Application security development recommendations for Android, Apple and Windows come as data security seems ever-harder to ensure.
The UK’s National Cyber Security Centre (NCSC) has published a series of new application security recommendations for businesses that are seeking to develop and deploy apps on devices handling delicate data.
Although the guidance, published May 10, is aimed primarily for risk assessors and application developers, the paper provides valuable insights for organisations running applications on Apple, Android and Windows.
Applications that store, process, handle or have network access to sensitive information should be developed with security in mind from start, and should be audited and assessed before use, the NCSC emphasised.
The report comes as security becomes ever-more important, amid regular stories on poorly configured cloud buckets, apps that siphon data of smartphones and the discovery of vulnerabilities in email clients for PGP encryption.
General Development Guidance Content
On the general guidance of this research, NCSC describe secure data handling, application hardening and third party applications as three security mechanisms that should be considered in the application platform.
Secure data handling ensures data is not revealed in any way by taking data storage API’s, cryptography, data access authorisation, secure data transmission and session handling into consideration.
Application hardening involves developing the code so vulnerabilities such as buffer overflows do not occur; this is done through stack protection, code obfuscation and jailbreak and root detection.
The second part of the guidance is the Android Application Development Guidance which covers four sections specifically for all Android applications.
This firstly covers secure Android application development which explains how successful datastore hardening and network protection can be achieved by implementing secure data storage and server-side controls.
Questions regarding important factors such as secure data transmission, IPC mechanisms, binary protection, client-side and server-side controls are answered in-depth. The final sections outline a range of security requirements, considerations and recommendations which show a range of technical best practices for Android.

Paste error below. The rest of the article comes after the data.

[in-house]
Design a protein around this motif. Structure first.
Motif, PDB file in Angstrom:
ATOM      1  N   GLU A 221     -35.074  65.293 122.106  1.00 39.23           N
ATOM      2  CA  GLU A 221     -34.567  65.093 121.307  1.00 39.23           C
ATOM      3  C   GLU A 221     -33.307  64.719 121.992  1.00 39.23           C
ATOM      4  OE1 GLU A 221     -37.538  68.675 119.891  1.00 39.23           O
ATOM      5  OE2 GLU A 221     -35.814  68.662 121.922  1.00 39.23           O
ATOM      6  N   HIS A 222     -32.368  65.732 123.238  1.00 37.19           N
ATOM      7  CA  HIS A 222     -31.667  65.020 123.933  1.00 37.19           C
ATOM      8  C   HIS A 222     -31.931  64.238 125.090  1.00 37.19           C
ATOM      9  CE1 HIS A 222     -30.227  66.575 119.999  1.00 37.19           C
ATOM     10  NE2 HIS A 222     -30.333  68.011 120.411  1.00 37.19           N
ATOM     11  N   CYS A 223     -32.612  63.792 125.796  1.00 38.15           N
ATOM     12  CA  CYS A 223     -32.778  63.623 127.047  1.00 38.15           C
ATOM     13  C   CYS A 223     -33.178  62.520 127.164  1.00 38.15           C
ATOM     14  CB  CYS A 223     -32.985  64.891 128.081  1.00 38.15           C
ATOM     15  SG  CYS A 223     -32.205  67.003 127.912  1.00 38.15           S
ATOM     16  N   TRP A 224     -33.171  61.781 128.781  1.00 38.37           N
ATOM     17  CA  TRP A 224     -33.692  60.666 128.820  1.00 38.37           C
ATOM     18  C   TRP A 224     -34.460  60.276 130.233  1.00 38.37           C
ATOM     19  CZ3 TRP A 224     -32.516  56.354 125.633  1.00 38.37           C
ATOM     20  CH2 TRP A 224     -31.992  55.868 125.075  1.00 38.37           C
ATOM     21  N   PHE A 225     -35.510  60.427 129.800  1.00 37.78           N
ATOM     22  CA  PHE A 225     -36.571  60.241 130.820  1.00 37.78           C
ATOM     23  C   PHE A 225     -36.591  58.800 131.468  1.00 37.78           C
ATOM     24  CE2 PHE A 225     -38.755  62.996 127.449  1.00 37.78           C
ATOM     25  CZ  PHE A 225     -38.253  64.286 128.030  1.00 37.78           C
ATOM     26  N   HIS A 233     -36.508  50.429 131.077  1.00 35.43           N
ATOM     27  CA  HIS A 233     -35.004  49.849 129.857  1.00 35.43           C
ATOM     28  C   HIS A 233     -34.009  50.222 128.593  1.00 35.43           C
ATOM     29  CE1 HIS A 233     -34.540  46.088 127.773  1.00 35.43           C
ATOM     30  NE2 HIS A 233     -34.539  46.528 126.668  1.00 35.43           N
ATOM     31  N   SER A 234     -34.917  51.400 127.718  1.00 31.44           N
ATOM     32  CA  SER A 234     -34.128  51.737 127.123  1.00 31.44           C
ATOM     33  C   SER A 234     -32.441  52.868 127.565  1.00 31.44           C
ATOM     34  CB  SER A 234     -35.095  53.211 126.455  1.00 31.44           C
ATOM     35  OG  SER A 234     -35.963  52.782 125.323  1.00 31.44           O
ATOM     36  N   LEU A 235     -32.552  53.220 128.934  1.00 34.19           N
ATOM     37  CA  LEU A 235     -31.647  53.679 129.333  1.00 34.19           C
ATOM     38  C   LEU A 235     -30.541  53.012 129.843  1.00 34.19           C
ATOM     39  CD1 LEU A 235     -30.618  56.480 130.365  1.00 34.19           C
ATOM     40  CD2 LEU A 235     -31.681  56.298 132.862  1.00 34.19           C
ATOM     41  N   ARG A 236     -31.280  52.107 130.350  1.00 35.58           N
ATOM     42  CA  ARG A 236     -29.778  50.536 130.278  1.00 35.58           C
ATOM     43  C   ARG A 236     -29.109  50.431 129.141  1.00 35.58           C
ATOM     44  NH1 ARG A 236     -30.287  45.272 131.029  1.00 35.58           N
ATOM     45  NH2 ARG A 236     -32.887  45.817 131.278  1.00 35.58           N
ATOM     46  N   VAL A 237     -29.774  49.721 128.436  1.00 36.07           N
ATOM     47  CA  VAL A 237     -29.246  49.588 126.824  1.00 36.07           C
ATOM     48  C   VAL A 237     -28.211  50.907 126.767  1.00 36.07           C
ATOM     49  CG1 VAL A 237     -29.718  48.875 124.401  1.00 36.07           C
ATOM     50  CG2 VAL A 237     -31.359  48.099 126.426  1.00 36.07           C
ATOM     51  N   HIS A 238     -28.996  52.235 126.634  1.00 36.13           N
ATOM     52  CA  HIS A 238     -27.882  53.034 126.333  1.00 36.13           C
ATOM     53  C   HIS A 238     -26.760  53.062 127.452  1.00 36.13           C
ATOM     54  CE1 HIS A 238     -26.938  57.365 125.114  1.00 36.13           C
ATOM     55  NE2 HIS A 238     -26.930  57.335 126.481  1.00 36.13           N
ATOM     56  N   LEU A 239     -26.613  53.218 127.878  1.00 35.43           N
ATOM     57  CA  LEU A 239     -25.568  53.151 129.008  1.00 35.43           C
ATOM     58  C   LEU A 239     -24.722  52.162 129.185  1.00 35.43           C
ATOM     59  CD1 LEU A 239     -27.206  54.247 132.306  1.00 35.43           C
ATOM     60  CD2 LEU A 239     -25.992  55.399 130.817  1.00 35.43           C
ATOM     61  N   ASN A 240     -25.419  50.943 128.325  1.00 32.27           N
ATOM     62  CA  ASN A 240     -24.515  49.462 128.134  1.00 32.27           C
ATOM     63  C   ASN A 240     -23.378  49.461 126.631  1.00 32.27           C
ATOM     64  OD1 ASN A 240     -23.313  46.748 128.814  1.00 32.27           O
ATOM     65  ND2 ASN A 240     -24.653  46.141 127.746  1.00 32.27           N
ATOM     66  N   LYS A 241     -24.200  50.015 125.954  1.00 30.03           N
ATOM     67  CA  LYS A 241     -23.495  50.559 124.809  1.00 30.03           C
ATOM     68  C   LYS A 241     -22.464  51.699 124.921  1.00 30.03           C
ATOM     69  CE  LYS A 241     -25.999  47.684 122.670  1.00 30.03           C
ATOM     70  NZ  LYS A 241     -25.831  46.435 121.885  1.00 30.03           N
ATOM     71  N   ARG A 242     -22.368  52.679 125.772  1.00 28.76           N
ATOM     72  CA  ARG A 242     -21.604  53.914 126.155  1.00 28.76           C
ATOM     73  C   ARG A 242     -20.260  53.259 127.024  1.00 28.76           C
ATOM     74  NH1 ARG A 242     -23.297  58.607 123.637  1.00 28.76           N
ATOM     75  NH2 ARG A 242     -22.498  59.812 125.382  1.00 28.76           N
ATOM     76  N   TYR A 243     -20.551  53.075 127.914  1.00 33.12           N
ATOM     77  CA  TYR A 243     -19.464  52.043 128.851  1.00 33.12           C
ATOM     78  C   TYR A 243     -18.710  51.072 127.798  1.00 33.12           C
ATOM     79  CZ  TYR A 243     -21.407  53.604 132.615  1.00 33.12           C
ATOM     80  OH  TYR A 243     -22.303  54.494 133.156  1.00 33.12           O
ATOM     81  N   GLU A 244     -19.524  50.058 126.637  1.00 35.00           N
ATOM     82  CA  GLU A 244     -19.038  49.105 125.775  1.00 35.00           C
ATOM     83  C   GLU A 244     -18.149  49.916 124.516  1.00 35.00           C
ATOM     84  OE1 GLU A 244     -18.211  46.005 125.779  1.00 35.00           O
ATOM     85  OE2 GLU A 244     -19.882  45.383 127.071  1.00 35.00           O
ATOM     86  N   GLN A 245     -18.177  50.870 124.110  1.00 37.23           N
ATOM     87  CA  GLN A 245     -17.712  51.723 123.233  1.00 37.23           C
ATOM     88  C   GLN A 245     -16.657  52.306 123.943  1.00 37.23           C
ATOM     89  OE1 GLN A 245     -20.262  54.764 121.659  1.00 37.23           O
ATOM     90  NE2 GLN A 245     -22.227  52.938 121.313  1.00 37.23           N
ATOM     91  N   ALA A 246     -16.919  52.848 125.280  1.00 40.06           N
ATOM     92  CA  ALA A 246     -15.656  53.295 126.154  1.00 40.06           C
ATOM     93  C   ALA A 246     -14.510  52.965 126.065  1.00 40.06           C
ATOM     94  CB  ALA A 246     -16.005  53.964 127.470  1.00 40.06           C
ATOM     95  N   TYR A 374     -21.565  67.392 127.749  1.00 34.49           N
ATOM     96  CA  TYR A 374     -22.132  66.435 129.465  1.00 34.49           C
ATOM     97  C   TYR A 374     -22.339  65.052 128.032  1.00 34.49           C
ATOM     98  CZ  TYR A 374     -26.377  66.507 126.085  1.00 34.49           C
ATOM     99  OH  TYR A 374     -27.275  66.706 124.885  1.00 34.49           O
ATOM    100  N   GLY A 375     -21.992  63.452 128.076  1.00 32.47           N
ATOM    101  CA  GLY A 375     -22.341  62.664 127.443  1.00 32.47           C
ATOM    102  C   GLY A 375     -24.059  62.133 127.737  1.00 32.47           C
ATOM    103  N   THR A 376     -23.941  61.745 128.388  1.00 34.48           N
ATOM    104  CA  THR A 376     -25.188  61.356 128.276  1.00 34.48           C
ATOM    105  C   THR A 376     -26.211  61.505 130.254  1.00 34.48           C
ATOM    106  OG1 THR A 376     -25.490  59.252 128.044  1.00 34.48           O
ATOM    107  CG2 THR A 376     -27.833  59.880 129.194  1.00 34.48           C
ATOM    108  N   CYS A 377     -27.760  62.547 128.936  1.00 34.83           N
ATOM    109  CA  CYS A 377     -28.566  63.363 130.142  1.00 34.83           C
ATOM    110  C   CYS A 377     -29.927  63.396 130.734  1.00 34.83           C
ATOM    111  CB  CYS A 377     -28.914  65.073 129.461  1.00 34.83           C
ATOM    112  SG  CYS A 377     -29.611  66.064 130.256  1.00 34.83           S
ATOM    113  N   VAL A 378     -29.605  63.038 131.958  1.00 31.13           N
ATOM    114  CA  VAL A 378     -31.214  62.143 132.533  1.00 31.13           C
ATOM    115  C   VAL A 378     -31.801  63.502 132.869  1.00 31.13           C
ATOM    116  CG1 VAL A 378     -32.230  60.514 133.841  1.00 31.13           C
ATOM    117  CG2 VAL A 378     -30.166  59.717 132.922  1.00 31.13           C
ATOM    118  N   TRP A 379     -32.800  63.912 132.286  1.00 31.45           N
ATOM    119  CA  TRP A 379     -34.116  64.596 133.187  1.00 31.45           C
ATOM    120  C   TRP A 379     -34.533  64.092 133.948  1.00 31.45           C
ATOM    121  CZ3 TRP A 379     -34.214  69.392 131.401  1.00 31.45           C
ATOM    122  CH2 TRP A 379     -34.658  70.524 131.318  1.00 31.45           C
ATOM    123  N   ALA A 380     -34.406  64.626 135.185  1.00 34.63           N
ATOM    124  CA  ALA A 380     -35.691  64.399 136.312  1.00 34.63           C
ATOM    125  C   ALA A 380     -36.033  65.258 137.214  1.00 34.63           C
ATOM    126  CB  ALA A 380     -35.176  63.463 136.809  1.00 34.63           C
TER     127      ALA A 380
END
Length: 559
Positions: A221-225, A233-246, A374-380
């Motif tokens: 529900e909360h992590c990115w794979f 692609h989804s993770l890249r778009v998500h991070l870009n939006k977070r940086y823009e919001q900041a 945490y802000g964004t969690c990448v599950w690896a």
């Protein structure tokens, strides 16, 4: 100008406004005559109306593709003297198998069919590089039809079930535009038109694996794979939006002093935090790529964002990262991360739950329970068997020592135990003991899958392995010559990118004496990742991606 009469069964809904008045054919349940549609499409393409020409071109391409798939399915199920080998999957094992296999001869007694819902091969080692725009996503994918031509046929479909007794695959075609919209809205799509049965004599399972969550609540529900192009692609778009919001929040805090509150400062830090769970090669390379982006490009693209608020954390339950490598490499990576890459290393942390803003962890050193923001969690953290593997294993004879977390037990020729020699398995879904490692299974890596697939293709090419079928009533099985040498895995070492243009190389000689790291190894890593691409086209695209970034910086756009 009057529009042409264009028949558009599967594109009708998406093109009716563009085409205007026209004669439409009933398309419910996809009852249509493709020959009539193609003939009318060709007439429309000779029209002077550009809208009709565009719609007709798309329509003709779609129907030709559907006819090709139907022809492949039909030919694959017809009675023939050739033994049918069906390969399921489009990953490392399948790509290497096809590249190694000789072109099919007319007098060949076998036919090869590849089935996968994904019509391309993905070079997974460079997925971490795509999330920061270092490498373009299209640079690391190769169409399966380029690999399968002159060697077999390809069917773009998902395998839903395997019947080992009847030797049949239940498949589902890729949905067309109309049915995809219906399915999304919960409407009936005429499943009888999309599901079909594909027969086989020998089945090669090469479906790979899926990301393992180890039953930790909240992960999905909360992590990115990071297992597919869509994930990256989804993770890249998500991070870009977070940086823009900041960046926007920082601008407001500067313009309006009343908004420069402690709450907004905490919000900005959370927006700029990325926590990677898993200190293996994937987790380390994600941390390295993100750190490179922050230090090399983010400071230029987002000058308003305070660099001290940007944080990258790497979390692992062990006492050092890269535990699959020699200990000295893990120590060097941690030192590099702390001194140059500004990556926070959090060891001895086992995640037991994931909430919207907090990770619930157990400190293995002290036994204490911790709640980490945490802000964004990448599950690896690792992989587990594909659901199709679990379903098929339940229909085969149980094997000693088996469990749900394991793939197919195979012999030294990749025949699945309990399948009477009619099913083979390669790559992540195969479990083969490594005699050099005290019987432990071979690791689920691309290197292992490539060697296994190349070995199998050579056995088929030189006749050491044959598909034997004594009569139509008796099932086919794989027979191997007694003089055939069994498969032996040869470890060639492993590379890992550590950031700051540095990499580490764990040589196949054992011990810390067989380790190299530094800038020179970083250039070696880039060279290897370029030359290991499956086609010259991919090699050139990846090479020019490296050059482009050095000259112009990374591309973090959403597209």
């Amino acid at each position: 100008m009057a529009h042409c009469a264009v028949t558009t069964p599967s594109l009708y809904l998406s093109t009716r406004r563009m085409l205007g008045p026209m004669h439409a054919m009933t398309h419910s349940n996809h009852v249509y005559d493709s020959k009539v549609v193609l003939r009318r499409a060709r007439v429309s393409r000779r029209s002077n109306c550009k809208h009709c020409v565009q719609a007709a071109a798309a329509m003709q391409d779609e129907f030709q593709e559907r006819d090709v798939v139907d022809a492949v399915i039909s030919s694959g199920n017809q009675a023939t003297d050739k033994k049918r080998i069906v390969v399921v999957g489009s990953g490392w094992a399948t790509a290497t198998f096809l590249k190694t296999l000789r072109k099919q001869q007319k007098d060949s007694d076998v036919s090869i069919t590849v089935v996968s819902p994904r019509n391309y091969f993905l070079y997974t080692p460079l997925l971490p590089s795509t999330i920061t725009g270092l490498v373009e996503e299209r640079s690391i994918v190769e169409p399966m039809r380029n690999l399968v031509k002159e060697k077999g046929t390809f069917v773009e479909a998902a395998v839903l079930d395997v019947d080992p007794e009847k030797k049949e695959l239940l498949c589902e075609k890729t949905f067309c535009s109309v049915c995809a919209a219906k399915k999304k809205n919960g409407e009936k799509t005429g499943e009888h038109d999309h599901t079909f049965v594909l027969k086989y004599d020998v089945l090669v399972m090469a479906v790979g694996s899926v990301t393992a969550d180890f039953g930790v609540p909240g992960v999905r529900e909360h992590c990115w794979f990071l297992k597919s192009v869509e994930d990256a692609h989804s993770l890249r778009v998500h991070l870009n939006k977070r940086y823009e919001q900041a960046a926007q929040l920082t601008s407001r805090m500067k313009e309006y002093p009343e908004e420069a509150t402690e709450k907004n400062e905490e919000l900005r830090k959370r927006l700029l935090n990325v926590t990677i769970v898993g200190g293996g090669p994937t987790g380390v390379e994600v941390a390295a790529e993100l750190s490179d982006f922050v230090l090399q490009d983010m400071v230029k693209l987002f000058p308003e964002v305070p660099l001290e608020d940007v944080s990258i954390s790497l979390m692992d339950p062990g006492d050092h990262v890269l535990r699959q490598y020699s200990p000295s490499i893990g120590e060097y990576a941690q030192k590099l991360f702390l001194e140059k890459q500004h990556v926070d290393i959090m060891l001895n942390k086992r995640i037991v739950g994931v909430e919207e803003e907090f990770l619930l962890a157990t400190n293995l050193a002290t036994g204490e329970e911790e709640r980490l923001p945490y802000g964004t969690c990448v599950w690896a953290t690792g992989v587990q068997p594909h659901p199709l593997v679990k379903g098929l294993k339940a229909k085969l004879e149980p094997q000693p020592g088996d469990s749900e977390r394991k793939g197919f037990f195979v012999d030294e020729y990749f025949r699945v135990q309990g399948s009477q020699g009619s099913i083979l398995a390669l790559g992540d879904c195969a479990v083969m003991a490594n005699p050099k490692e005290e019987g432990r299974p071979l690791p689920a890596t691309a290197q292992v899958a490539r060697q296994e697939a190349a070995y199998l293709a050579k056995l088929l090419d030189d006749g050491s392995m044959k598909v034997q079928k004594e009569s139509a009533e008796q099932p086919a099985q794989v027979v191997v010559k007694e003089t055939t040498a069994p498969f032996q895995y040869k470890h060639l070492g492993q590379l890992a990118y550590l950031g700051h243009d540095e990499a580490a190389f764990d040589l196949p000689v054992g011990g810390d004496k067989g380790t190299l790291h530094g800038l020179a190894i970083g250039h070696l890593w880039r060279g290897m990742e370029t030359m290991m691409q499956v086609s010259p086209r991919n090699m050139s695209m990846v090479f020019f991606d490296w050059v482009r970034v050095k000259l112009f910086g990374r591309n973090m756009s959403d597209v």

The Apple iOS Application Development Guide is the third part of the collection which outlines similar factors to Android such as secure development, questions for developers and secure deployment of iOS applications. However, Apple focuses on different mechanisms such as App Transport Security (ATS), Automatic Reference Counting (ARC), iOS Keychain API and iOS Data Protection API due to its different ways of functioning in comparison to Android.
The final report is the Windows Application Development Guidance which also includes similar application development advice as Android and Apple iOS which consists of secure development, questions for developers and secure deployment. However, this report focuses on more comparable features to Android as it discusses datastore hardening, network protection, authentication, data storage, binary protection, client-side and server-side controls with the Universal Windows Platform (UWP).
All-in-all, the Generic Application Development Guide by NCSC will be able to provide developers and information security professionals with key information that they may not have considered before and will ultimately, improve application security development, deployment and use.